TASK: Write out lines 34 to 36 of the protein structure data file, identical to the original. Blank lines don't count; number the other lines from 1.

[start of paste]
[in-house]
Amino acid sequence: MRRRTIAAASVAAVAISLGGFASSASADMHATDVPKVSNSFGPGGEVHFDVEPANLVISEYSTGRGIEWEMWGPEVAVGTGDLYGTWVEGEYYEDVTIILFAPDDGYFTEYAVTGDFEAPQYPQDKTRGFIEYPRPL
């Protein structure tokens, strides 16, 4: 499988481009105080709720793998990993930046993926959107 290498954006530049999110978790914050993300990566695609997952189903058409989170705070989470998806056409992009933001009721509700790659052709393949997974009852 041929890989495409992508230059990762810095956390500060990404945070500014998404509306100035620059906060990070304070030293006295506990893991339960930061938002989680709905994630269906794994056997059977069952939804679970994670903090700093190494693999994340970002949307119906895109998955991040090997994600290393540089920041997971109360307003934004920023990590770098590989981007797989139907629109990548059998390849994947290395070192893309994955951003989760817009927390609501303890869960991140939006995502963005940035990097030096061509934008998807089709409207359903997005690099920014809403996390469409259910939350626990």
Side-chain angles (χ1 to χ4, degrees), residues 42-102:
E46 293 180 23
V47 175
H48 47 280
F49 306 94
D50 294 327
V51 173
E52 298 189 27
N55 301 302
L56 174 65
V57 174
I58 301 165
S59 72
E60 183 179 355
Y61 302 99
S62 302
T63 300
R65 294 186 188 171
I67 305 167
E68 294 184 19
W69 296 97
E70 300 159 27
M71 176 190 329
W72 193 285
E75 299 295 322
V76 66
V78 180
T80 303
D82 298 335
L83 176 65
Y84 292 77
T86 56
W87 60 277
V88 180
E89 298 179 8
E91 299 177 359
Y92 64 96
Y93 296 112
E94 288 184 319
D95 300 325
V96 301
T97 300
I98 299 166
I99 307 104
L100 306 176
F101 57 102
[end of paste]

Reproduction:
Y84 292 77
T86 56
W87 60 277